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I canít be organized! Iím an ARTIST!
There is a long-standing stereotype that creative people are not organized or productive; that our minds donít work that way and that if we add structure to our day it will hinder our artistic process. Schedules and calendars are for analytical types, not creatives. You canít plan to be creative it has to happenówhen inspiration strikes. Iíve hidden behind those lies a bunch of times and my to-list has always been a mile long.
ButÖ what if being organized and managing time well was actually a good thing?
If I look back on my day and feel that my time was wasted and that I accomplished nothing, or next to nothing, on my list I feel guilty. After all, time is precious and the whole point of having the freedom that I have is to do something good with it. I have goals that I am passionate about reaching and by being disorganized I was getting nowhere. As I wasted time, a day turned into a week, a week into a month, and so on, and before I knew it all this time had gone by and I hadnít accomplished much.
A friend pointed out the other day (when speaking of her own photography) that if she didnít take her work seriously how could she expect anyone else to do so? I couldnít agree more. But by nature Iím not the most organized or productive person, so Iíve come up with ways to manage my time better and now at the end of the day I can look back and see that Iíve made progress. These are the things Iíve done:
ē Remember my why. Itís easy for me to get distracted and think ďIíll finish it tomorrowĒ but if I remember why Iím doing all of this it keeps me going rather than procrastinating. Remembering my purpose is by far the most effective motivator I have found.
ē Trained myself to keep a calendar, update it, and look at it daily. I have blocks of time designated for certain things and I do my best to stick to them. It took me a while to acquire the habit, but once I did I found that I instinctively know that, for example, Tuesday mornings I work on XYZ and I just get started without hesitation.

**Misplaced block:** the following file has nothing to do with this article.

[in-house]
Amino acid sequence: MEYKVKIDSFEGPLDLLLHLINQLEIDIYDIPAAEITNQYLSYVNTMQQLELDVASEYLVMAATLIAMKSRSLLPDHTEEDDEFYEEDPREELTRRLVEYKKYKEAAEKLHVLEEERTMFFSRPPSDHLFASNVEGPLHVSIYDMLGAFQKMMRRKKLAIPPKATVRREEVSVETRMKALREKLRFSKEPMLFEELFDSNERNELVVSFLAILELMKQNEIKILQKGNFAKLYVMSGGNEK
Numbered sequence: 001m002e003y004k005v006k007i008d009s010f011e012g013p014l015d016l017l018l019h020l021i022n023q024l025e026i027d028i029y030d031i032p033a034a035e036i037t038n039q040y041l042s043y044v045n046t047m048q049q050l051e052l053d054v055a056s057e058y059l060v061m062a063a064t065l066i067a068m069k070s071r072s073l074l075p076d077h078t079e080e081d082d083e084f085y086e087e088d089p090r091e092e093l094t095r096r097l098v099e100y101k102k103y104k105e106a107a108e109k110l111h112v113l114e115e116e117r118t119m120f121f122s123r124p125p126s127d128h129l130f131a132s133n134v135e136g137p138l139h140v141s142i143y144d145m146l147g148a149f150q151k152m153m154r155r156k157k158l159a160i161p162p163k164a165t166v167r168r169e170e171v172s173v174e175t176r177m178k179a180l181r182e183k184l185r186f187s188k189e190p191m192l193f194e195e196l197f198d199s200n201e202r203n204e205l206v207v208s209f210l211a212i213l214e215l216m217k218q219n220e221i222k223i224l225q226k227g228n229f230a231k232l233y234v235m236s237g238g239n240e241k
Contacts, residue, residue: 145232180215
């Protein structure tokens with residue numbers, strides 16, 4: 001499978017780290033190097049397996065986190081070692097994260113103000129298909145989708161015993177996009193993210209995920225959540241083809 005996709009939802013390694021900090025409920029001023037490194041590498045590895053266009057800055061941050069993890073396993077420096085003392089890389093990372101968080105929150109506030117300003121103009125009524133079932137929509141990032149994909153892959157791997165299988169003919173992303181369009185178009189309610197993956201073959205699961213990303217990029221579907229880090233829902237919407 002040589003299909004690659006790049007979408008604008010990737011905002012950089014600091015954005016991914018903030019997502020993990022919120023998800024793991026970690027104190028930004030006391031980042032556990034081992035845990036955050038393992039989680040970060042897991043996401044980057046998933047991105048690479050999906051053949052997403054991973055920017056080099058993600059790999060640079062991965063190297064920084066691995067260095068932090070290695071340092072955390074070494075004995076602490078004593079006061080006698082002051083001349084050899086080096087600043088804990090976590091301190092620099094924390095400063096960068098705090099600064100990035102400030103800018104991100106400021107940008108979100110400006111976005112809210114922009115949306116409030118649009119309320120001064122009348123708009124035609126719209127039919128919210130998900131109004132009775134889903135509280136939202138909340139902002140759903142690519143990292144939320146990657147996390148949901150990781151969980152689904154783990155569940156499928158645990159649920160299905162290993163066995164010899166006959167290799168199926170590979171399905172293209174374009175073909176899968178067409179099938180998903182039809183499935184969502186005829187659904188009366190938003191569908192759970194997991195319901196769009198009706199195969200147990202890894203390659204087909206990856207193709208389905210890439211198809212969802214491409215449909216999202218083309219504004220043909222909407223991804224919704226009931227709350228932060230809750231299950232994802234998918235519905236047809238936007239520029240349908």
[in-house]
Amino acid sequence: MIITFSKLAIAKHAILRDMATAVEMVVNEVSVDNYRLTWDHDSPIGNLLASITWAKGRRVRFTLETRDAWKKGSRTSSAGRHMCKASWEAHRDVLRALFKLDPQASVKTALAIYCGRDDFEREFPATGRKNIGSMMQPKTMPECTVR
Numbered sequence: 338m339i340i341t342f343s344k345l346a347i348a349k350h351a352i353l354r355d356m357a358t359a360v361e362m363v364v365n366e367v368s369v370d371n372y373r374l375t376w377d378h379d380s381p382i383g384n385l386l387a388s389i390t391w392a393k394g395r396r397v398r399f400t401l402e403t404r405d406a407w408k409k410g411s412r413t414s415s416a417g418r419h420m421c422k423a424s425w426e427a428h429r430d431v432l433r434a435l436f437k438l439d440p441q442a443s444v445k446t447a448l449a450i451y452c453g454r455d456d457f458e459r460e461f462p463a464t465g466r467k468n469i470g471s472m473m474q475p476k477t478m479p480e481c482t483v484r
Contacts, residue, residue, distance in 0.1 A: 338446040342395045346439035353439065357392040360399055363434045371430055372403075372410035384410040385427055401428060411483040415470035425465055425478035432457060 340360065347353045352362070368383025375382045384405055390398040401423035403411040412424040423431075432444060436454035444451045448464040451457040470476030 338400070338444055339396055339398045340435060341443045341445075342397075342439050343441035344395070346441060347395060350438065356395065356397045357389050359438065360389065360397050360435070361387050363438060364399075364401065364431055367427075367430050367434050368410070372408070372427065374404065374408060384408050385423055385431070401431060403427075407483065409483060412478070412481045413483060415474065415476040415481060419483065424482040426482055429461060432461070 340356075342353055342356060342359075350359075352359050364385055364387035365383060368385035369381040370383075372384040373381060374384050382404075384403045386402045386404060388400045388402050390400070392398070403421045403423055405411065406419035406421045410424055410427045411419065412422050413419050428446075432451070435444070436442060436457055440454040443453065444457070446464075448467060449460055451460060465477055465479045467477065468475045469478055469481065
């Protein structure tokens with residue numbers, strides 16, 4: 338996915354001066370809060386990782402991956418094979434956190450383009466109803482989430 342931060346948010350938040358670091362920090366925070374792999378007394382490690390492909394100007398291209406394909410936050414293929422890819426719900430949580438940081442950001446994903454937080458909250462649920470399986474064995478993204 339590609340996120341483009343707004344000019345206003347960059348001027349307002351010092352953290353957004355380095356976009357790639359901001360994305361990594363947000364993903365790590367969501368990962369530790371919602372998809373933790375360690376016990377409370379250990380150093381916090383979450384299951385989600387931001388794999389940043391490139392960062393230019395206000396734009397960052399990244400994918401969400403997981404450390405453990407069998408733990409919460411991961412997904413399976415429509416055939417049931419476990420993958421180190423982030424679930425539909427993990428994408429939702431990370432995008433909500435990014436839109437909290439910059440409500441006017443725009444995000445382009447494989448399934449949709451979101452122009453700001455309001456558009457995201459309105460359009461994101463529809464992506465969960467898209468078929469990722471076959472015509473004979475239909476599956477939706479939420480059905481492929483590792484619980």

ē Overestimate how long something will take to finish. If I add too many things to my list of to-doís, and I fool myself into thinking they wonít take long, nine times out of ten they take longer and I fall behind. To avoid that I add an extra 15 minutes/half hour in between time blocks.
ē Anything that doesnít get done one day, gets moved to the next, but I have to admit some tasks get moved to the next, and the next, and the next, before they get done.
ē Organize my work areas. Papers have a sneaky way of reproducing on every horizontal surface in my office so once a week I take time to clear stuff out. A cluttered space leads to cluttered thoughts and time wasted looking for stuff. Disclaimer: with school ending my office is a disaster at the moment but Iím going to take care of it very soon.
ē Say no. Maybe a certain project isnít really in my wheelhouse, or if I take on one more thing everything else will suffer. Many of us are afraid to say ďnoĒ because we want to make everyone happy and Iím still guilty of that to some degree. But many times when I say ďyesĒ because I feel like I have to, I end up regretting it. Even though it was a scary thing to do in the beginning, I learned that people (for the most part) donít get as upset as I feared.
This isnít fool-proof process, but it works for me. Everyone is different and what works for some wonít for others, but if I can find a way to be more productive, anyone can. Thatís not to say I donít get distracted and go down an internet rabbit hole only to come up an hour later. It happens. The point is, by paying attention to how I spend my time Iím treating my photography like itís important to me (which it is) and Iíve made growing my business a priority.